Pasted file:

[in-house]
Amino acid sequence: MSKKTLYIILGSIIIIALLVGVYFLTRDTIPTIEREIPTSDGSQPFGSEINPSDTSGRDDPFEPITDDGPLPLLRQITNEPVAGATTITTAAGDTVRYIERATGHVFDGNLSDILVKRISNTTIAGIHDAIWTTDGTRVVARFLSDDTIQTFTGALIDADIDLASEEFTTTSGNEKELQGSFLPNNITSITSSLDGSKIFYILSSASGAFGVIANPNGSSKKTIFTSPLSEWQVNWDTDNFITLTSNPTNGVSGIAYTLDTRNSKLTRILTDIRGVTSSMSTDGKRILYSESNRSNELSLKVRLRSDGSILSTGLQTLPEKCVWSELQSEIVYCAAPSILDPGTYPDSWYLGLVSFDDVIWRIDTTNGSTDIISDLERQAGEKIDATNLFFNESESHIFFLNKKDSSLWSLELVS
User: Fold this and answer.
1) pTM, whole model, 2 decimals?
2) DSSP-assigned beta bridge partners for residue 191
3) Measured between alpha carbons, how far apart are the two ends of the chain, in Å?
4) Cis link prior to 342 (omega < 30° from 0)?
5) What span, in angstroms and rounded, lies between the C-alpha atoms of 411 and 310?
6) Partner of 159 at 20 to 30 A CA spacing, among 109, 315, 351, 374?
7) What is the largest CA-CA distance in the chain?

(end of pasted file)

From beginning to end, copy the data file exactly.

[in-house]
Amino acid sequence: MSKKTLYIILGSIIIIALLVGVYFLTRDTIPTIEREIPTSDGSQPFGSEINPSDTSGRDDPFEPITDDGPLPLLRQITNEPVAGATTITTAAGDTVRYIERATGHVFDGNLSDILVKRISNTTIAGIHDAIWTTDGTRVVARFLSDDTIQTFTGALIDADIDLASEEFTTTSGNEKELQGSFLPNNITSITSSLDGSKIFYILSSASGAFGVIANPNGSSKKTIFTSPLSEWQVNWDTDNFITLTSNPTNGVSGIAYTLDTRNSKLTRILTDIRGVTSSMSTDGKRILYSESNRSNELSLKVRLRSDGSILSTGLQTLPEKCVWSELQSEIVYCAAPSILDPGTYPDSWYLGLVSFDDVIWRIDTTNGSTDIISDLERQAGEKIDATNLFFNESESHIFFLNKKDSSLWSLELVS
User: Fold this and answer.
1) pTM, whole model, 2 decimals?
2) DSSP-assigned beta bridge partners for residue 191
3) Measured between alpha carbons, how far apart are the two ends of the chain, in Å?
4) Cis link prior to 342 (omega < 30° from 0)?
5) What span, in angstroms and rounded, lies between the C-alpha atoms of 411 and 310?
6) Partner of 159 at 20 to 30 A CA spacing, among 109, 315, 351, 374?
7) What is the largest CA-CA distance in the chain?